Features

Sales Is The New Black

Netflix, Amazon and Hulu upped the value of great content creators. How data will increase the value of great sales professionals.

In 2013, The New York Times published a story about the impact of predictive analytics on the entertainment industry based on the startling success of Netflix’s House of Cards, which is among the first television productions originating from data and machine-generated predictions. John Landgraf, then-president and general manager of the FX Network, dismissed the notion of machine-generated content, telling The Times, “Data can only tell you what people have liked before, not what they don’t know they are going to like in the future.” He argued that machines would squelch innovation by overriding the human “black box that data can never penetrate.”

Even though the success of House of Cards had been replicable, critics balked, arguing that, by deploying machines to aid decision making, Netflix was purging its award-winning shows of originality and creativity while also threatening the livelihoods of the writers, actors and creators who developed the content.

Fast forward to 2017: In four short years, three technology players—Hulu, Netflix and Amazon—have received a total of 32 Emmys for content commissioned and distributed based on data and machine-driven measurements. Apple announced that it would spend $1 billion on original content, according to the Wall Street Journal. Netflix countered with a budget of $6 billion, up from $2.4 billion in 2013, and projected an increase by another billion dollars in 2018. Even HBO allocated a 20 percent budget increase from the prior year. In an age of big data, rather than reduce spending on content creation, budgets have grown.

Orange is the New Black, House of Cards, The Handmaid’s Tale and Transparent are just a few examples of how streaming services have used AI to create better content.

Ironically, in the age of big data, budgets have expanded and innovation has, too. Hits like Transparent (one of the first series to feature transgender actors), Orange Is the New Black (based on Piper Kerman’s account of life in a women’s prison) and The Handmaid’s Tale (an adaptation of Margaret Atwood’s 1985 dystopian novel) all contain subject matter from which traditional networks have historically shied away. The abundance of bold new production companies has created opportunities for actors and writers that hadn’t existed before now.

It turns out that the real value of machine learning is to mitigate the risk of failure due to audience preferences, which can be difficult for individual network executives to gauge. That guidance paved the way for bigger bets on innovative and high-quality content. New companies with distribution muscle could bet on shows overlooked by established players thanks to the data sources and technology that provided extraordinary insights. Free from the risk of massive and unsuspecting failure, creativity blossomed, and distribution companies could argue for higher capital investments in projects.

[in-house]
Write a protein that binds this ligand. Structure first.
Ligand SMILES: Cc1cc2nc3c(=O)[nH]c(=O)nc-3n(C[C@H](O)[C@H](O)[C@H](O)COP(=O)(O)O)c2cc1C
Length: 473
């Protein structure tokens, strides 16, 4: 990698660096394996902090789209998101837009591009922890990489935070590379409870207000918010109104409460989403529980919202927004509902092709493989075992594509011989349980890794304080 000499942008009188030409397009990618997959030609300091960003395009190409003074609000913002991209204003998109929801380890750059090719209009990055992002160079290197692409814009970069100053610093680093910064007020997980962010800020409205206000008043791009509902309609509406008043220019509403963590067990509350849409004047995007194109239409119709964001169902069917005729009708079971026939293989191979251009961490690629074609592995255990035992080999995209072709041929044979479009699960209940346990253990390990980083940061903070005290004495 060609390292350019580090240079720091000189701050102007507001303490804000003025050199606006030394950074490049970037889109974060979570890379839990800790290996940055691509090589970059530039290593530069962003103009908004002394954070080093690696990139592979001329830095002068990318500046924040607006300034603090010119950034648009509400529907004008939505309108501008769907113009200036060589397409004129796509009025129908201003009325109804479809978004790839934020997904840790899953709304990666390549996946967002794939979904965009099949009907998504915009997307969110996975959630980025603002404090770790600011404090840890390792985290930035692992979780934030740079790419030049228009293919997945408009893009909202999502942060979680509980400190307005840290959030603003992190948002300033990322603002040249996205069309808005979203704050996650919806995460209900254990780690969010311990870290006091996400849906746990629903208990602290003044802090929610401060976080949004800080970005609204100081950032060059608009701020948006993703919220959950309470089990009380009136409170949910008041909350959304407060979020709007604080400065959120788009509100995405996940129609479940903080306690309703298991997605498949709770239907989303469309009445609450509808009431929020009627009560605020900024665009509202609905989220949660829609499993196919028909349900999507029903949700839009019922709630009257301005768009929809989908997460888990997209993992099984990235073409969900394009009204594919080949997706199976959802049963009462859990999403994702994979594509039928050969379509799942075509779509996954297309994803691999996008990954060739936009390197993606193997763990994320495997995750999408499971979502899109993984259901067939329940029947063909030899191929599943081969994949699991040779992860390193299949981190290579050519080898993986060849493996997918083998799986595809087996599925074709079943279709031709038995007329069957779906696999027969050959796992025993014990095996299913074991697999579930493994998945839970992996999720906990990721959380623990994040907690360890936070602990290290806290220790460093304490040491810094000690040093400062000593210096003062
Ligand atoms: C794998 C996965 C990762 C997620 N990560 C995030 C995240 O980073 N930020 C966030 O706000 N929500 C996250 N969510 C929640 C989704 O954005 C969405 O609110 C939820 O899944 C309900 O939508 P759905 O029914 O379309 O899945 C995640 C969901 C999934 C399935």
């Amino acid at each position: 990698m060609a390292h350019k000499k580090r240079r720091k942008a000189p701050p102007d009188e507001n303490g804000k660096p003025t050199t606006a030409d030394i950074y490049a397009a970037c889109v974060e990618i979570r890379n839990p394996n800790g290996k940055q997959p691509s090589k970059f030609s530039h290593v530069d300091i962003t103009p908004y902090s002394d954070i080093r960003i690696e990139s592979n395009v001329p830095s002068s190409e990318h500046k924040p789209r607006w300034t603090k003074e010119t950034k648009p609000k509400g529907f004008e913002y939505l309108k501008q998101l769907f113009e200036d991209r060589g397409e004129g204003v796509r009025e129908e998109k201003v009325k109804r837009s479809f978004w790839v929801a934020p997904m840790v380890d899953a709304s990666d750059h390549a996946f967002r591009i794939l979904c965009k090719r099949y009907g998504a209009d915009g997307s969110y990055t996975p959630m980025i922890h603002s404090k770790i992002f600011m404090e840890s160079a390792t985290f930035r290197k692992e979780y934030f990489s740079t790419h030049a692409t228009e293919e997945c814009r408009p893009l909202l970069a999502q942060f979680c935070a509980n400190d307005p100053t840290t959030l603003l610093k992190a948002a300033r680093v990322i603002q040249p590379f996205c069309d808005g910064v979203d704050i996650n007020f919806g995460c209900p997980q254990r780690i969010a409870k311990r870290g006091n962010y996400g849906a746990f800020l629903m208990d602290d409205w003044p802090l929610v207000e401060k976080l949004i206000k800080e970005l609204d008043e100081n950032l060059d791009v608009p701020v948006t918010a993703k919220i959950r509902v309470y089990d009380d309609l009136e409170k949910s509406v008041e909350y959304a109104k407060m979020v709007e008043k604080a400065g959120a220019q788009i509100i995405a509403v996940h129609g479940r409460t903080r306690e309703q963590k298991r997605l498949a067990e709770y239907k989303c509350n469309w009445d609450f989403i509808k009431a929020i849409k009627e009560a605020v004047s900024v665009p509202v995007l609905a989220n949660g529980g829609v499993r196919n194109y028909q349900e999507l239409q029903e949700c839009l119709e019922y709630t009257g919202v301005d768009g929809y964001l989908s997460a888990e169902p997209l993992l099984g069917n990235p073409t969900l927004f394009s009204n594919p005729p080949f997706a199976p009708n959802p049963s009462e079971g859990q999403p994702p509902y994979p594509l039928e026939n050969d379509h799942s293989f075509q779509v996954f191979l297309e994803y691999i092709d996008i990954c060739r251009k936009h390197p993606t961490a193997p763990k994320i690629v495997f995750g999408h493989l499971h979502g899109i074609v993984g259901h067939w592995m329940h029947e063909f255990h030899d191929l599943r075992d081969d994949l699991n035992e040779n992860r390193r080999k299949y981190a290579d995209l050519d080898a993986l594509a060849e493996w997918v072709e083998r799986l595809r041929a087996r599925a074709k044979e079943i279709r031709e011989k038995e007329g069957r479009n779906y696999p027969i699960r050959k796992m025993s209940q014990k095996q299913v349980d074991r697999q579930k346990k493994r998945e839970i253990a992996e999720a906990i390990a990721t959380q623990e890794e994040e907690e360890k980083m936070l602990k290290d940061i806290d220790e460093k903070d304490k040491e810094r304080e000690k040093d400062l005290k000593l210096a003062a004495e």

Despite this outcome, the fear that data and predictive technologies, like artificial intelligence, will replace people persists. According to a 2017 Pew Research Center study, 73 percent of those surveyed are worried about robots and computers taking human jobs. Moreover, technology has not always led to enhancing the value of human input. E-commerce and AI bots have sent retail selling into a tailspin in which online stores without salespeople have destroyed their offline counterparts. Many analysts wonder whether the same trend will make it’s way to the enterprise sale. In fact, a report entitled “Death of a (B2B) Salesman,” published by the market research firm Forrester, predicted that by 2020, one million of 4.5 million B2B sales positions would be replaced by artificial intelligence-enabled E-commerce.

“Artificial intelligence will take over 30 percent to 40 percent of jobs,” echoed Sean Sheppard, a founding partner of the San Francisco–based venture capital firm GrowthX. “We are in the fourth industrial revolution—the innovation economy.”

While the parallel between retail and B2B sales is tempting, a growing number of analysts and industry experts reject Sheppard’s perspective, arguing that talented B2B sales professionals have more in common with creative professionals than retailers and thereby stand to gain massively from artificial intelligence. Proponents of this point of view cite the complexity of B2B sales and the plethora of skills and collaboration required to produce winning outcomes, a very real difference between the highly transactional and binary nature of retail.

Selling into companies, often with various constituents and highly complex products, B2B sales professionals rely on uniquely human skills: persuasive communication, negotiation, relationship building and empathy. “In order to be successful, a truly gifted B2B sales professional must be part politician, diplomat, advocate, business analyst, storyteller and teacher,” says Global Executive Group CEO Bruce Barlag.